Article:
In partnership with universities from around the world, I put in place the processes and mechanisms for the development of these two critical documents that led to the funding and eventual launch of this facility in 2011. It was deemed the most technologically advanced imaging machine available in Africa at the time. This facility has established itself as a leading international research facility with publications in high-impact factor journals, successful local and international collaborations, and a strong focus on human capital development.

How difficult is it to manage a career and family?

Both play an important role in my life. I am blessed to have in place a supportive network: my husband and our families. As women, we cannot overvalue our support networks nor undervalue a positive work-life balance. Both are critical to ensuring that women have highly productive professional careers.

What are some of the barriers to women assuming leadership roles in the workplace?

While women have come a long way in this sphere, most still battle to overcome barriers in their careers. These include glass ceilings that exist as a result of an unconscious bias towards women who are often overlooked for leadership roles. This needs to be dismantled and open conversations are needed to raise the profile of women in the workplace.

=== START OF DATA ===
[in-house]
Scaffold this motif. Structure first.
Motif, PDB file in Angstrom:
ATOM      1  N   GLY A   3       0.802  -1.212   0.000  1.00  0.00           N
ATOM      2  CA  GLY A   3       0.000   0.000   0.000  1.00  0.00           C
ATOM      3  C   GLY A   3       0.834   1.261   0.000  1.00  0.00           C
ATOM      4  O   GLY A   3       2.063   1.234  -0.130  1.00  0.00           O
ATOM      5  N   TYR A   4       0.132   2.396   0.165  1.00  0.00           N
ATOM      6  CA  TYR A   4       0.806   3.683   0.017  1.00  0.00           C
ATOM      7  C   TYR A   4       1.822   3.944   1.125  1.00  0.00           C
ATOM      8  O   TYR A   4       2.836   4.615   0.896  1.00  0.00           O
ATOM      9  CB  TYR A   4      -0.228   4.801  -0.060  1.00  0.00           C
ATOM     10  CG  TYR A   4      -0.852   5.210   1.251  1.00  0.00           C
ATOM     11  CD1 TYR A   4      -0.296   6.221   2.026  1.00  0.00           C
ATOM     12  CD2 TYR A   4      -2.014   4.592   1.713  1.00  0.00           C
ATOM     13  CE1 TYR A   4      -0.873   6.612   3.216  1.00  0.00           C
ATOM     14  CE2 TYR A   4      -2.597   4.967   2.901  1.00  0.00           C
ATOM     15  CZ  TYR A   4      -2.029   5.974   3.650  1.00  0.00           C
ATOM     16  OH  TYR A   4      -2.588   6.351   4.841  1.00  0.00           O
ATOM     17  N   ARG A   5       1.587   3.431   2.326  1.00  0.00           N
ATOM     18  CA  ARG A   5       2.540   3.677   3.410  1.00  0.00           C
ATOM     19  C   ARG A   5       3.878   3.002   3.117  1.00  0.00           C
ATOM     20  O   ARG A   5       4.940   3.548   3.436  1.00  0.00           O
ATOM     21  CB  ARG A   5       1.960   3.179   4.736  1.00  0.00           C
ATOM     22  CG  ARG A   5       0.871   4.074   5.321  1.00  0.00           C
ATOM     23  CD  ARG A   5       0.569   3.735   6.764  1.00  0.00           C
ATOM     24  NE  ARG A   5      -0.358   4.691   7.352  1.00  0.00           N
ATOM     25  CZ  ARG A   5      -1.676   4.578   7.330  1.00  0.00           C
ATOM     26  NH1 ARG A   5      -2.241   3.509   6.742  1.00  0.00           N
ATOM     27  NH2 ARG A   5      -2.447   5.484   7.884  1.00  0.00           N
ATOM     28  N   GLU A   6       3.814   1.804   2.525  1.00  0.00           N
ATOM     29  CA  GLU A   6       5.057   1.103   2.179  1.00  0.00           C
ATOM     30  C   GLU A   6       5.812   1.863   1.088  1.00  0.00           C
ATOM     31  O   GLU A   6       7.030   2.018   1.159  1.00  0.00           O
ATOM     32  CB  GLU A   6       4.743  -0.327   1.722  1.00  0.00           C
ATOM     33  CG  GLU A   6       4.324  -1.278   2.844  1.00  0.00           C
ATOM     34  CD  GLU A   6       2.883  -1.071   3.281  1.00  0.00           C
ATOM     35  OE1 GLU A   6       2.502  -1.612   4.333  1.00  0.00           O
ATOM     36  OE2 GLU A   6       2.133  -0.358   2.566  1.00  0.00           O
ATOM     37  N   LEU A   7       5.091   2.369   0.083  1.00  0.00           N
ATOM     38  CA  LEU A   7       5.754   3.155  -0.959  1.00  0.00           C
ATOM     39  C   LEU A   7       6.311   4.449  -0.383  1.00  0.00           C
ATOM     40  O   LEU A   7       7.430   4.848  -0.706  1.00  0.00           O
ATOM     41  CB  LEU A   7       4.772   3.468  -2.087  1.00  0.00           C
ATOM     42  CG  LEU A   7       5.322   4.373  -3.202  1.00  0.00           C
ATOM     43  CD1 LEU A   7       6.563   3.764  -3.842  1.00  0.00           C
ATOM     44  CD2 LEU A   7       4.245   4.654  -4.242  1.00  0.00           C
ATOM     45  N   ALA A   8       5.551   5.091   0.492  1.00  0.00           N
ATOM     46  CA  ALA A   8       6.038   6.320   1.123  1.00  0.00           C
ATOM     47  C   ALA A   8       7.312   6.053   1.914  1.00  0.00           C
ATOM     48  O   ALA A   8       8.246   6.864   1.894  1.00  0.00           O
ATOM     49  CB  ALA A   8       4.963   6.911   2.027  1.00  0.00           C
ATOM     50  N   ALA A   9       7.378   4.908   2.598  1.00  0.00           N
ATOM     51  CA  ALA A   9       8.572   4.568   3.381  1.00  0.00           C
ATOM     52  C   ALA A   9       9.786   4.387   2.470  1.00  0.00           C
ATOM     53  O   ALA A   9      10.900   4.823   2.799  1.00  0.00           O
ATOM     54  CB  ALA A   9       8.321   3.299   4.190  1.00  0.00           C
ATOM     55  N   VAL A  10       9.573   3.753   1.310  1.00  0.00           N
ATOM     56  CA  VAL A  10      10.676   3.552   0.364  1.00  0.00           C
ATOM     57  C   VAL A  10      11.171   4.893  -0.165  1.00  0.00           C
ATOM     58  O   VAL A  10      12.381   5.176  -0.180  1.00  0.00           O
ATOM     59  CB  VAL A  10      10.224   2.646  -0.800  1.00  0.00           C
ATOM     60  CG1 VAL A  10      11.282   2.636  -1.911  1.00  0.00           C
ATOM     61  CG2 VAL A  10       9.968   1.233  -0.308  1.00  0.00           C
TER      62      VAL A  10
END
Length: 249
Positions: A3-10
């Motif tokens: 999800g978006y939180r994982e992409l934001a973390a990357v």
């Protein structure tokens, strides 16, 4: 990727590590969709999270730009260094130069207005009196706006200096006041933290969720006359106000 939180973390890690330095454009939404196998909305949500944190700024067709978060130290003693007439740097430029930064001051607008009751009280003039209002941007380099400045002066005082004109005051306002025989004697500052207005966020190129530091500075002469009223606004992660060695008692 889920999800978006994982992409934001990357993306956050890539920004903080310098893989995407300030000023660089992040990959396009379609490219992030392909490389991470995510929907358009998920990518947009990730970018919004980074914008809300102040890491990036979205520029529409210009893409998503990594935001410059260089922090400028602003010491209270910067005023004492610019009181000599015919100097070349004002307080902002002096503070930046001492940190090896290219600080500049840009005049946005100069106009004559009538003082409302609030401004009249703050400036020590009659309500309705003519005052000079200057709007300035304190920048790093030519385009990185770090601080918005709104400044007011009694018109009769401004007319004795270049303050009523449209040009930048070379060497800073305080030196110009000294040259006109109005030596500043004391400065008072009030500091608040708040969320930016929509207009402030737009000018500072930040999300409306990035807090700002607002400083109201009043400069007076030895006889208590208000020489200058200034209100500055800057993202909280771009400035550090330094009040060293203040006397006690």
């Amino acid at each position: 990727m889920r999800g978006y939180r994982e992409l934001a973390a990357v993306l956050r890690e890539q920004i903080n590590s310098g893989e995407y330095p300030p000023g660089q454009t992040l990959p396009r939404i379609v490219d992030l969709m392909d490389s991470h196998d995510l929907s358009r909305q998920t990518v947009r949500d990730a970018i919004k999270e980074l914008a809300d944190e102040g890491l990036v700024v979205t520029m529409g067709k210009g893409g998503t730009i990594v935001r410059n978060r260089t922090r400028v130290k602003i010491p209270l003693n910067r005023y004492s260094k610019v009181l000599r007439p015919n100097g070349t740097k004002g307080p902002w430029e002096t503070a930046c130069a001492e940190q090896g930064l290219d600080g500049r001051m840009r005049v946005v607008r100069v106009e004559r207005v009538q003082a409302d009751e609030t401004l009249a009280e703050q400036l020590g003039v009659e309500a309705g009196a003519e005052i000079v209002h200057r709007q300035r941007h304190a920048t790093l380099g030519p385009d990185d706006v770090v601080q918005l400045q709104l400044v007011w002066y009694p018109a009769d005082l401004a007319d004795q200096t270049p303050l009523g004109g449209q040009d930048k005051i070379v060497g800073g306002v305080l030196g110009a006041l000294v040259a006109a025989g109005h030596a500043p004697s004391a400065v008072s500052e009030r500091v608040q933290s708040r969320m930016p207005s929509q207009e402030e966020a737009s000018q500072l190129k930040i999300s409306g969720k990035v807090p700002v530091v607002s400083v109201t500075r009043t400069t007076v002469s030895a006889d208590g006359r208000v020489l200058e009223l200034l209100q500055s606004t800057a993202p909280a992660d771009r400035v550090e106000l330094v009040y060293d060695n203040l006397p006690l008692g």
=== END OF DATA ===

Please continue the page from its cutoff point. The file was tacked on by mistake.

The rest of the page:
Also, many women feel they have to prove their worth in the workplace, and this desire to succeed professionally can push us to set aside our own well-being. Harmonious work-life integration improves women’s physical, emotional and mental well-being, and helps us achieve our career aspirations. In this regard, support structures, mentors and role models play a critical role.

Harassment of any kind, is a non-negotiable in the workplace. I am proud of UP’s zero-tolerance approach to all forms of harassment; sexual harassment in particular is deemed an unacceptable infringement of the core values of integrity, human dignity, privacy and mutual respect.